Microsoft (R) Windows Debugger  Version 6.6.0003.5
Copyright (c) Microsoft Corporation. All rights reserved.

Loading Dump File [C:\Proj\Crashes\DerefNullPtr.exe]
Symbol search path is: SRV*C:\websymbols*http://msdl.microsoft.com/download/symbols
Executable search path is:
ModLoad: 00400000 00408000   C:\Proj\Crashes\DerefNullPtr.exe
eax=00000000 ebx=00000000 ecx=00000000 edx=00000000 esi=00000000 edi=00000000
eip=00401041 esp=00000000 ebp=00000000 iopl=0         nv up di pl nz na pe nc
cs=0000  ss=0000  ds=0000  es=0000  fs=0000  gs=0000             efl=00000000
*** WARNING: Unable to verify checksum for DerefNullPtr.exe
*** ERROR: Module load completed but symbols could not be loaded for DerefNullPtr.exe
DerefNullPtr+0x1041:
00401041 6a18             push    0x18
0:000> u DerefNullPtr+0×1013
DerefNullPtr+0×1013:
00401013 c6050000000001   mov     byte ptr [00000000],0×1
0040101a 5d               pop     ebp
0040101b c3               ret
0040101c 833dc872400002   cmp  dword ptr [DerefNullPtr+0×72c8 (004072c8)],0×2
00401023 7405             jz      DerefNullPtr+0×102a (0040102a)
00401025 e8f0040000       call    DerefNullPtr+0×151a (0040151a)
0040102a ff742404         push    dword ptr [esp+0×4]
0040102e e870030000       call    DerefNullPtr+0×13a3 (004013a3)

The crashing instruction is mov byte ptr [00000000],0x1. Clearly the bug is a null pointer dereference.

Had we produced a map file at link time, we could have done even better. Let me show you:

C:\Proj\Crashes> link /SUBSYSTEM:CONSOLE /MAP:DerefNullPtr.map /OUT:DerefNullPtr.exe DerefNullPtr.obj

The map file looks like:

DerefNullPtr

Timestamp is 462fae49 (Wed Apr 25 14:38:49 2007)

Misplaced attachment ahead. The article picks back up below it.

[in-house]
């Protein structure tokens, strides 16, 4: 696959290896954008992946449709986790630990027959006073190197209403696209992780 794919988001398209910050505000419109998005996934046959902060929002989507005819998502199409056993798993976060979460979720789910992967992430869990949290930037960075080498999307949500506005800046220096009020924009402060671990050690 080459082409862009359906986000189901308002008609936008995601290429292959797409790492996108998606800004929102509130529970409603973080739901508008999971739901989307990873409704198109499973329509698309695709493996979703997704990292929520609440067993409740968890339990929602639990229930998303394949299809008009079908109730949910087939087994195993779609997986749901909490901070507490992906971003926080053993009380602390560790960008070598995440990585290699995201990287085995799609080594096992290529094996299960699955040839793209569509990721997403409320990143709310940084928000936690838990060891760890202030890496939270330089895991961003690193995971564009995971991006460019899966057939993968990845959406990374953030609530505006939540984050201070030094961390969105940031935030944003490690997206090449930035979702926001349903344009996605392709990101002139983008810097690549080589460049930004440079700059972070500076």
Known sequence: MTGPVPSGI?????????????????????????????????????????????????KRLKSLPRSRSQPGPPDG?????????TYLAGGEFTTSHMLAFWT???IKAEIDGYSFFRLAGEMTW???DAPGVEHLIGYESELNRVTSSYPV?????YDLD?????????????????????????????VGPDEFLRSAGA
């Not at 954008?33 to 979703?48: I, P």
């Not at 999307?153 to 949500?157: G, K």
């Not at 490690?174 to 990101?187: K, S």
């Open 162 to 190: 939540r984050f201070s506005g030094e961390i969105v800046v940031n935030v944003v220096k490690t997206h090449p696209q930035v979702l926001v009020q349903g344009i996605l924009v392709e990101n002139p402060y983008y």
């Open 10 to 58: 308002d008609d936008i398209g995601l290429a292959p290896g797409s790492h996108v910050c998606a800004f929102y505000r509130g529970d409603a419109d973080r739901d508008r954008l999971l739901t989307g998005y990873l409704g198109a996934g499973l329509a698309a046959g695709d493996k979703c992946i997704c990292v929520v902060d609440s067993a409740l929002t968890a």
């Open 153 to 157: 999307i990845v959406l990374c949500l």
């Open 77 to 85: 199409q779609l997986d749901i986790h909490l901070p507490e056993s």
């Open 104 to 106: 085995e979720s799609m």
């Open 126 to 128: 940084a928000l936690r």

Preferred load address is 00400000

Start         Length     Name                   Class
0001:00000000 00003b68H .text                   CODE
0002:00000000 000000c4H .idata$5                DATA
...
0003:00000030 00000274H .data                   DATA
0003:000002c0 00000598H .bss                    DATA

Address         Publics by Value              Rva+Base     Lib:Object

0000:00000000       __except_list              00000000     <absolute>
0000:00000002       ___safe_se_handler_count   00000002     <absolute>
0001:00000000       _main                      00401000 f   DerefNullPtr.obj
0001:0000001c       __amsg_exit                0040101c f   LIBC:crt0.obj
0001:00000041       _mainCRTStartup            00401041 f   LIBC:crt0.obj
...
0003:00000850       __FPinit                   00407850     <common>
0003:00000854       __acmdln                   00407854     <common>

entry point at        0001:00000041

Static symbols

0001:00000010       _DoCrash                   00401010 f   DerefNullPtr.obj
0001:000002a2       _doexit                    004012a2 f   LIBC:crt0dat.obj
0001:0000078b       _parse_cmdline             0040178b f   LIBC:stdargv.obj